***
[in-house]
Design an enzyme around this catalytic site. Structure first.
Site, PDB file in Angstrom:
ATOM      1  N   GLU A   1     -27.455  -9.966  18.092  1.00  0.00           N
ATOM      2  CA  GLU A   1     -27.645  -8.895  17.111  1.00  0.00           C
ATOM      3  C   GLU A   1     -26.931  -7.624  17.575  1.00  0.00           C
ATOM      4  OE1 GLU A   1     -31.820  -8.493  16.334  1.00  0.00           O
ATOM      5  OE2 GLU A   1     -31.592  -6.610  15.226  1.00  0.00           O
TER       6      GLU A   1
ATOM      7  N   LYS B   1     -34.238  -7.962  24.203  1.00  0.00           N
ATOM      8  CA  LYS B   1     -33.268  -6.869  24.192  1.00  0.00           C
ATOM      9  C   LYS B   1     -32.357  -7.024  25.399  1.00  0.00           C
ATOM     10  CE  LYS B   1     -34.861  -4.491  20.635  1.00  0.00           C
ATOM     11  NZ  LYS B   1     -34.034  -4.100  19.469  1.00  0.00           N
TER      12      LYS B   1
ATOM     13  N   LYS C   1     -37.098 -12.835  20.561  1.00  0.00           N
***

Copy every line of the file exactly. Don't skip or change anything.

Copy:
[in-house]
Design an enzyme around this catalytic site. Structure first.
Site, PDB file in Angstrom:
ATOM      1  N   GLU A   1     -27.455  -9.966  18.092  1.00  0.00           N
ATOM      2  CA  GLU A   1     -27.645  -8.895  17.111  1.00  0.00           C
ATOM      3  C   GLU A   1     -26.931  -7.624  17.575  1.00  0.00           C
ATOM      4  OE1 GLU A   1     -31.820  -8.493  16.334  1.00  0.00           O
ATOM      5  OE2 GLU A   1     -31.592  -6.610  15.226  1.00  0.00           O
TER       6      GLU A   1
ATOM      7  N   LYS B   1     -34.238  -7.962  24.203  1.00  0.00           N
ATOM      8  CA  LYS B   1     -33.268  -6.869  24.192  1.00  0.00           C
ATOM      9  C   LYS B   1     -32.357  -7.024  25.399  1.00  0.00           C
ATOM     10  CE  LYS B   1     -34.861  -4.491  20.635  1.00  0.00           C
ATOM     11  NZ  LYS B   1     -34.034  -4.100  19.469  1.00  0.00           N
TER      12      LYS B   1
ATOM     13  N   LYS C   1     -37.098 -12.835  20.561  1.00  0.00           N